Do you lie to be seen as a 'perfect' parent?

Do you lie to be seen as a 'perfect' parent?

Research from parenting website BabyCentre has revealed that pressure on mums to be ‘perfect’ means that over half resort to lying about their parenting experiences rather than admit to other mums and dads that they don't do everything by the book.

BabyCentre spoke to 1,000 UK mums for its Secret Life of Mum survey, in order to debunk the myths about real-life parenting.

The findings showed that it's not just with other parents that mums feel the need to put a positive spin on things. One in three mums confessed to not being truthful when talking to their midwife or health visitor, and nearly three quarters of mums admitted to lying to their child to make their day easier.

Parenting is a tough job. We all struggle from time to time. I don't think mums should ever feel bad about admitting to cutting corners

The BabyCentre Secret Life of Mum survey holds a mirror up to hectic family life and reflects the shortcuts most parents take, but few want to talk about. Using the TV to keep kids quiet? Nine out of 10 mums do this. Replacing the bedtime story with a TV show? One third of mums say they’ve done this. Chocolate and sweets for their dinner? This happens in a fifth of families every once in a while.

Sasha Miller, International Managing Editor for BabyCentre, believes the huge pressure on mums prevents them from being truthful about the challenges of holding everything together. She says: “Parenting is a tough job. We all struggle from time to time. I don't think mums should ever feel bad about admitting to cutting corners.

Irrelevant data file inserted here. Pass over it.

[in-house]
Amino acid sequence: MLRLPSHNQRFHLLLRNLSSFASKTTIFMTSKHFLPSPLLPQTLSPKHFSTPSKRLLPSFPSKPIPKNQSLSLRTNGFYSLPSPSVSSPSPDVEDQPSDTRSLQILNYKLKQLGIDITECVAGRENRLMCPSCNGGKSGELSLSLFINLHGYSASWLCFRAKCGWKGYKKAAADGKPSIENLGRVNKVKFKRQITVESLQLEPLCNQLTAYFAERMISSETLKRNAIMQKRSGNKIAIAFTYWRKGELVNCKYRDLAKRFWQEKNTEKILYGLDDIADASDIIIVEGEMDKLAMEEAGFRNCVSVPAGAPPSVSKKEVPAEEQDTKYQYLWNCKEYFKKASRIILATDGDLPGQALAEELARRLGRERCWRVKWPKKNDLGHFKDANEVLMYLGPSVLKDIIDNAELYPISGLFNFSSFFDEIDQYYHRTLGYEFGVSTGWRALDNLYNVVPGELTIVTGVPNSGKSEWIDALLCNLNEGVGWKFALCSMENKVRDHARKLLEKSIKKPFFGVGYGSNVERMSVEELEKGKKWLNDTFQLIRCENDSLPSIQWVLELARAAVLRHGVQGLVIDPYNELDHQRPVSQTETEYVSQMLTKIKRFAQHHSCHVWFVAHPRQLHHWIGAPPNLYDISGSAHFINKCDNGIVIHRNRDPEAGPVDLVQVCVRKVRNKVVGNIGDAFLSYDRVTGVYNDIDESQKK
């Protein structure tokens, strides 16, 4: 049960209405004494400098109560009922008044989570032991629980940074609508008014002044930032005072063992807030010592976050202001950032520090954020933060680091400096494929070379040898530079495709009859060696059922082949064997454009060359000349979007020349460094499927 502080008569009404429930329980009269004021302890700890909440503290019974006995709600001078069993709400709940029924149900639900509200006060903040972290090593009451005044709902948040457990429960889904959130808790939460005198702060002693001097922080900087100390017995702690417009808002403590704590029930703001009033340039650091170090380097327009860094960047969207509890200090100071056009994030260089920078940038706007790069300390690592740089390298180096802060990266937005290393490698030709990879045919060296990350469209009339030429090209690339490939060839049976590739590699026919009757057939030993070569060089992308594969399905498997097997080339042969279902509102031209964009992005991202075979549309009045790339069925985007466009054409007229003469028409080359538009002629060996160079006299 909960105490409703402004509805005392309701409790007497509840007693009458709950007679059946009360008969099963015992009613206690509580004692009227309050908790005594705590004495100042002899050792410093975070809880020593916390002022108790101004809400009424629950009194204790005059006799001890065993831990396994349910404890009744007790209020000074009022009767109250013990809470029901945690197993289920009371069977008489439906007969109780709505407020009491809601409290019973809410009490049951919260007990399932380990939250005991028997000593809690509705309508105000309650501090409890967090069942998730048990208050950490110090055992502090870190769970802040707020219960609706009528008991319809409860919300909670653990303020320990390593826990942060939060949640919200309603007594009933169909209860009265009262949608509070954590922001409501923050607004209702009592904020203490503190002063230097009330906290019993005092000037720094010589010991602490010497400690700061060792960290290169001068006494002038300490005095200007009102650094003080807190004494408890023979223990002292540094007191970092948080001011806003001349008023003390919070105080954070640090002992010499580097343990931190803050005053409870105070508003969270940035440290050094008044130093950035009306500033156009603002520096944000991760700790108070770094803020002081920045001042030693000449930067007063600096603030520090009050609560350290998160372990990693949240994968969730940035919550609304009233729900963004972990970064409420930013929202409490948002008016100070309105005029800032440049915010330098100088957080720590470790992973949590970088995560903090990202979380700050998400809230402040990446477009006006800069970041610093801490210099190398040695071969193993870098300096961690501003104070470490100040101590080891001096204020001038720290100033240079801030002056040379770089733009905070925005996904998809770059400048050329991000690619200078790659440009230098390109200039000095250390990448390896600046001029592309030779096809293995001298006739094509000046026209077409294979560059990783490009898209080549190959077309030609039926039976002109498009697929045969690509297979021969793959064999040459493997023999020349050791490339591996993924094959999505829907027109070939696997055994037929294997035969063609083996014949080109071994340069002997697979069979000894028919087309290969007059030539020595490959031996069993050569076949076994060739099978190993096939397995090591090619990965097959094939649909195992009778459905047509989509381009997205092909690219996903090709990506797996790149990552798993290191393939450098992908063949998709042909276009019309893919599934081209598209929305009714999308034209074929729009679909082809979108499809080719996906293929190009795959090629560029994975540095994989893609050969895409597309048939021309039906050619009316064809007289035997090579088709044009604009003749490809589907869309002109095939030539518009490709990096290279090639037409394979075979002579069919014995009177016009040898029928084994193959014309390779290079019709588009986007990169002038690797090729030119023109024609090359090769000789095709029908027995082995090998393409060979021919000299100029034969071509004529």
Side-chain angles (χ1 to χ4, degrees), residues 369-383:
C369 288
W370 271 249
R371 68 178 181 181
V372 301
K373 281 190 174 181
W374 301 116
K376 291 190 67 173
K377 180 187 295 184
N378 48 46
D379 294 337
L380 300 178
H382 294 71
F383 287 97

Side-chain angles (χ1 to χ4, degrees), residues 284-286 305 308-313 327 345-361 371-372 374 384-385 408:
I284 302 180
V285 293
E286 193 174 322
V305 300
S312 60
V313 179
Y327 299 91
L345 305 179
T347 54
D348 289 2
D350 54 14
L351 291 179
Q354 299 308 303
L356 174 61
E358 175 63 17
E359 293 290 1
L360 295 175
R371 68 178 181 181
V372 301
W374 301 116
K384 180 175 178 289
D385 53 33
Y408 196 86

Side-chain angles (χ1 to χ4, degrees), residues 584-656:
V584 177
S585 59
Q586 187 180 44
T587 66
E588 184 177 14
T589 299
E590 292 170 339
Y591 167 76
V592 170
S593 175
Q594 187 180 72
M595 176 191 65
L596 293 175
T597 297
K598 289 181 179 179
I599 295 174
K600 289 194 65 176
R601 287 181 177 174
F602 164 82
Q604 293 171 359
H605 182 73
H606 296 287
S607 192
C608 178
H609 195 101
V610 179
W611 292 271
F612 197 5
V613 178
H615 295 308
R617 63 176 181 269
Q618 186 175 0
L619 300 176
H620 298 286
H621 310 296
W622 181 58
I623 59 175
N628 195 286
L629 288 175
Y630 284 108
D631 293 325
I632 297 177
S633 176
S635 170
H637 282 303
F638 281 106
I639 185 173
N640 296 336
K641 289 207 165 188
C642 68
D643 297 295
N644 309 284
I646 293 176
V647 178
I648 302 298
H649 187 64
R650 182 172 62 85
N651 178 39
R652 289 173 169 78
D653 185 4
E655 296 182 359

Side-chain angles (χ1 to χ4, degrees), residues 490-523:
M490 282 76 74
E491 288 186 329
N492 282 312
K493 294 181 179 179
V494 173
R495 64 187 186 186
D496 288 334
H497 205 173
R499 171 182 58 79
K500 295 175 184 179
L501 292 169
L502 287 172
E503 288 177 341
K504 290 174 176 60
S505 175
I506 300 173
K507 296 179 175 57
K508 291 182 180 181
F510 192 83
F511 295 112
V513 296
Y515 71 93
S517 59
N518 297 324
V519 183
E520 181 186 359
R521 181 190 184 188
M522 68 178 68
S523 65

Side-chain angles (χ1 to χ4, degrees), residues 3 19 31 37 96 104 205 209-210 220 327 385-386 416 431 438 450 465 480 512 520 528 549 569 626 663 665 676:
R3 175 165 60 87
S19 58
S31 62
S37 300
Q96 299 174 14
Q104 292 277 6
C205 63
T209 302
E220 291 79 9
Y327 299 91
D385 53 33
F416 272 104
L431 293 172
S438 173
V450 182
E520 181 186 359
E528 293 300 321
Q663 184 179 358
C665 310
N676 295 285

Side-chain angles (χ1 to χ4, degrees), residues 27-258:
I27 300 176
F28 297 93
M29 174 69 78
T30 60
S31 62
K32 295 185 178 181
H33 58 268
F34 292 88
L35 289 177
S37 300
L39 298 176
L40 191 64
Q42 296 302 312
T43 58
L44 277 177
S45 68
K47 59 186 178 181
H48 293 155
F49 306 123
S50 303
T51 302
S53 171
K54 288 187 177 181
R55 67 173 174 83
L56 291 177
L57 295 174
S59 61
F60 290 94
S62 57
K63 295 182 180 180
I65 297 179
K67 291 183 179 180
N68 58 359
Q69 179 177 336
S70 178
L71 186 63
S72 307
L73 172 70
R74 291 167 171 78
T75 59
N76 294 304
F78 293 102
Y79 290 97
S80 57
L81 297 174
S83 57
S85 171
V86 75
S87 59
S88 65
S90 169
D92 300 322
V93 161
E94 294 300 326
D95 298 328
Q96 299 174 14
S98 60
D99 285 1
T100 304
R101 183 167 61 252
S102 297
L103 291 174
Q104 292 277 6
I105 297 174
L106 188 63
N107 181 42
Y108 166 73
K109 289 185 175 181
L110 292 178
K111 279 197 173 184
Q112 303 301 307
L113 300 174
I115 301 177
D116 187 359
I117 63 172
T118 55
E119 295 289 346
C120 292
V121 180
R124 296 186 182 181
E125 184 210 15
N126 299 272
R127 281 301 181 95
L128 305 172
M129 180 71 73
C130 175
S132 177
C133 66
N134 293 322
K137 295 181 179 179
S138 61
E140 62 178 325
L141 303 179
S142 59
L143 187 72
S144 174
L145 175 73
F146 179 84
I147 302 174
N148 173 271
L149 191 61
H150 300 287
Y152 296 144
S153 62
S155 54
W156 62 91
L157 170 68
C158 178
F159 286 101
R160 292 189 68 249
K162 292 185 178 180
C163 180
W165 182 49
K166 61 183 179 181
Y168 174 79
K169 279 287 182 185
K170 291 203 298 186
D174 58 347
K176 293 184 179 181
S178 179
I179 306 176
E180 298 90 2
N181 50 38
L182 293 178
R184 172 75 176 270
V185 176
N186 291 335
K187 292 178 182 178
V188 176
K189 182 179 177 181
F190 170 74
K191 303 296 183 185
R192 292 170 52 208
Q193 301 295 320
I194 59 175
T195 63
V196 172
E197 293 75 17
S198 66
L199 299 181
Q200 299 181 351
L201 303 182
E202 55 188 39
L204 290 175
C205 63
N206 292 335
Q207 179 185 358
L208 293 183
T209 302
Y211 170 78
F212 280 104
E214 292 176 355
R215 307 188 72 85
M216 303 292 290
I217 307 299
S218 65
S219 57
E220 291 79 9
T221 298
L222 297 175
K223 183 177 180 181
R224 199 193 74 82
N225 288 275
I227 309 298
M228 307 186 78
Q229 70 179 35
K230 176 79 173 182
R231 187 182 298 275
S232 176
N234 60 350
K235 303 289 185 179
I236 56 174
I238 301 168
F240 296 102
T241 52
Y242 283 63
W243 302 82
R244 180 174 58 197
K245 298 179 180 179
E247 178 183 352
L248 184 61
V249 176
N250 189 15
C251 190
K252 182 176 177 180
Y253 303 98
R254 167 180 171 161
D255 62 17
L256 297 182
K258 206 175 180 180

“What I find really interesting is how mums tell us that they try to keep up appearances with parents they meet in the real world but online there is nothing they won't share. In our community on BabyCentre mums are always confessing to less-than-perfect mummy moments.

“And they find that when they do, they get a chorus of other mums saying: 'Oh yes, I've done that too!' You can be anonymous in the online world so it's easier to be honest and it makes you feel so much better to find out that you're not alone,” she said.

The BabyCentre Secret Life of Mum survey also found that two fifths of mums have felt dislike for their child. The same number of respondents said that they have compared one child unfavourably to another, and amongst working mums, three quarters admitted to feeling relieved to go back to work on a Monday morning.

The research also revealed that PM David Cameron is not the only parent to make mistakes as new parents also reported a range of ‘mummy mishaps’ – with one in three forgetting to strap their baby into their car seat. However, unlike the PM, only two per cent of mothers said that they had ever left their child behind when out and about.

Share your ‘mummy mishaps’ with us in the comments below or tweet us @FemaleFirst_UK

FemaleFirst

Shabana Adam


by for www.femalefirst.co.uk
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